Idaho’s Joint Finance and Appropriations Committee voted unanimously Monday to approve a series of bills that represent a 5.9% increase in general fund investments in K-12 public education. Included in the budget is full-funding of the fourth year of the Career Ladder salary allocation plan to raise compensation levels for professional educators, as well as an increase in discretionary funding to school districts.
In all, JFAC approved an increase of $100 million, which is a 5.9% increase and brings the state general fund investment in public education to $1.785 billion. There are a couple of smaller pieces of the education funding puzzle, including possible increased funding for mastery-based education, that have not yet been addressed, so those figures are not quite final.
Similar to last year, the discretionary funding increase includes money specifically to help districts cover the rising cost of health insurance for employees, but has built-in flexibility that districts have asked for. JFAC approved $11.2 million more in discretionary funding, including $7.2 million targeted at health insurance expenses. Superintendent Sherri Ybarra requested an increase of $19 million in discretionary funding, while the budget proposal submitted by Governor Otter did not include any increase in discretionary funding.
In addition to the Career Ladder and discretionary funding increases, the education budgets for the 2018-2019 fiscal year include a three percent increase in salaries for administrators and classified staff, $10.5 million more for classroom technology, and a $1.7 million increase for literacy proficiency. The budget does not include additional funding for college and career counseling.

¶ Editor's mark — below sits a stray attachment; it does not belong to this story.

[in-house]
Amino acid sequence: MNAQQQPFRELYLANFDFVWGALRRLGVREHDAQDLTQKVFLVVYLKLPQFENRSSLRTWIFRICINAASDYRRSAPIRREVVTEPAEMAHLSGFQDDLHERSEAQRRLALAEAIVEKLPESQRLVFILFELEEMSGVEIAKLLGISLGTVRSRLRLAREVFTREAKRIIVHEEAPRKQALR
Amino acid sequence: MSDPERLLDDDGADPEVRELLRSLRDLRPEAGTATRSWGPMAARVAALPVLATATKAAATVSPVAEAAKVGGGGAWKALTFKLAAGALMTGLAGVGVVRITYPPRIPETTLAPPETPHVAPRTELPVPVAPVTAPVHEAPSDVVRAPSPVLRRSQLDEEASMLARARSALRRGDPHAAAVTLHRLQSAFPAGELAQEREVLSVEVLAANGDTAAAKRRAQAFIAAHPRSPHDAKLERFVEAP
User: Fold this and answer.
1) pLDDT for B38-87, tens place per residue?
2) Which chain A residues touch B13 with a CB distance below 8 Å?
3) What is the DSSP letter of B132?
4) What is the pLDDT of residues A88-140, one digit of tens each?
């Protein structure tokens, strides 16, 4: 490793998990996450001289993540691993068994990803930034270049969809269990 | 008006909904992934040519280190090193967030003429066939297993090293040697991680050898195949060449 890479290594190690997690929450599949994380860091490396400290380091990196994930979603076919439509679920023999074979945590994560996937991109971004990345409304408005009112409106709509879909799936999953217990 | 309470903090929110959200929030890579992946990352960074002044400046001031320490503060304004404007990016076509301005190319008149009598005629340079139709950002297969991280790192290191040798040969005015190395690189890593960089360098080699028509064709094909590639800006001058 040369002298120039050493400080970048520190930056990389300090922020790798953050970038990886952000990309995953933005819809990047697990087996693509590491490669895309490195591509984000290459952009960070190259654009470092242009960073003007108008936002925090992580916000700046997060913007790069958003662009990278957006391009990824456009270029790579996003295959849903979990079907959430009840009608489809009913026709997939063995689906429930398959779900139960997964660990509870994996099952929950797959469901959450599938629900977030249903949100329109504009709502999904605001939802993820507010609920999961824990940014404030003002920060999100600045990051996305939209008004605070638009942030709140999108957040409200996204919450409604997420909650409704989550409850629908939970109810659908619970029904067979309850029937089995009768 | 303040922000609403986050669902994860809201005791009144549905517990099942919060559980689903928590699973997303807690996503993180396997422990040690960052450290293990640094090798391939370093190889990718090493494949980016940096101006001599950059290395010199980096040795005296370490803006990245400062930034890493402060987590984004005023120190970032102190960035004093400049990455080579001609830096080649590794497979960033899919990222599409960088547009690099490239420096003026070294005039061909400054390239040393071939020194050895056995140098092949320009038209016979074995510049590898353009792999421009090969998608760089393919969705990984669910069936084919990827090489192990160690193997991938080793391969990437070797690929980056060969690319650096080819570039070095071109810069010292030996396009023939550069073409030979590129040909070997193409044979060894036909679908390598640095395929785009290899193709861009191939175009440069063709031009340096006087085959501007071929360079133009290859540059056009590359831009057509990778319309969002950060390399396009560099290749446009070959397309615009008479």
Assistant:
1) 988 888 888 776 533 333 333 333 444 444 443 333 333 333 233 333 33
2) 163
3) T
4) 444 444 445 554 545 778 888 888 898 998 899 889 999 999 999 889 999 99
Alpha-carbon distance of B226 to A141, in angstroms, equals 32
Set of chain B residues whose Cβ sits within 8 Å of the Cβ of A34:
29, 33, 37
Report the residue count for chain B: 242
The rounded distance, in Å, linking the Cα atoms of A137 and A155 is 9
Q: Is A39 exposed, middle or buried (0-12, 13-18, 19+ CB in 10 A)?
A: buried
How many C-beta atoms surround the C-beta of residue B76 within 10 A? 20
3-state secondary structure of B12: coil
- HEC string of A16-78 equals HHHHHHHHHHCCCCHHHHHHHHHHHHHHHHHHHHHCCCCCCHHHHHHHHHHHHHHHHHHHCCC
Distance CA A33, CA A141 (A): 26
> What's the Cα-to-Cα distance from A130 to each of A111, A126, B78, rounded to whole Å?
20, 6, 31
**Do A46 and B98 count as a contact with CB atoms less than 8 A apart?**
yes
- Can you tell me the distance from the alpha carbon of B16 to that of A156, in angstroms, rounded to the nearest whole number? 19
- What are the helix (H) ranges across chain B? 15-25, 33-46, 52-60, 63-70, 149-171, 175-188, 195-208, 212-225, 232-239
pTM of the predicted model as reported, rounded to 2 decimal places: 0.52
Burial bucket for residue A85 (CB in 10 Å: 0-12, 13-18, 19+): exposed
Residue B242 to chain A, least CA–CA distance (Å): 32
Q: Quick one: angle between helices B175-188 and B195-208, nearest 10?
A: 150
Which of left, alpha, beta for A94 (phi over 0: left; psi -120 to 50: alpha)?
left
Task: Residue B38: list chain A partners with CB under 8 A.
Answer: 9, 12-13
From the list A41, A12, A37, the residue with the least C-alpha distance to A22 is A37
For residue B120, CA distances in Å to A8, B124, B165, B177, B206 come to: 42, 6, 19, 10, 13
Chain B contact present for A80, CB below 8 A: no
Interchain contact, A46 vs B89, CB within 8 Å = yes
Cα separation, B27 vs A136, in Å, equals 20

In this story from the Spokesman-Review, Betsy Russell has more information, plus quotes from legislators comparing the JFAC budget-setting process for public education to a Thanksgiving dinner. The education budget still must receive final approval from the full legislature.
House Education Committee Again Holds Charter Administrator Bill
For the second consecutive meeting, the House Education Committee ran out of time for testimony and discussion on HB 566, which would significantly loosen restrictions on the experience and qualifications required for administrators hired by public charter schools. IEA President Kari Overall was among those on hand ready to testify when the bill was held because House Education Committee members were due on the House floor. The Idaho Association of School Administrators testified against the legislation, while the co-founder of a charter school voiced support for it in the only testimony taken Monday.
HB 566 would allow charter schools to hire administrators with just a college degree and bypass the current requirement for teaching experience and training in the education field. The IEA opposes this bill because:
- It is unnecessary, as current policy provides school districts and charters the flexibility to hire administrators, as long as they have a plan in place and are moving towards meeting the experience and training requirements
- It would lower the bar for professional administrator standards and potentially decrease the quality of administrators working with our students and overseeing the work of instructors.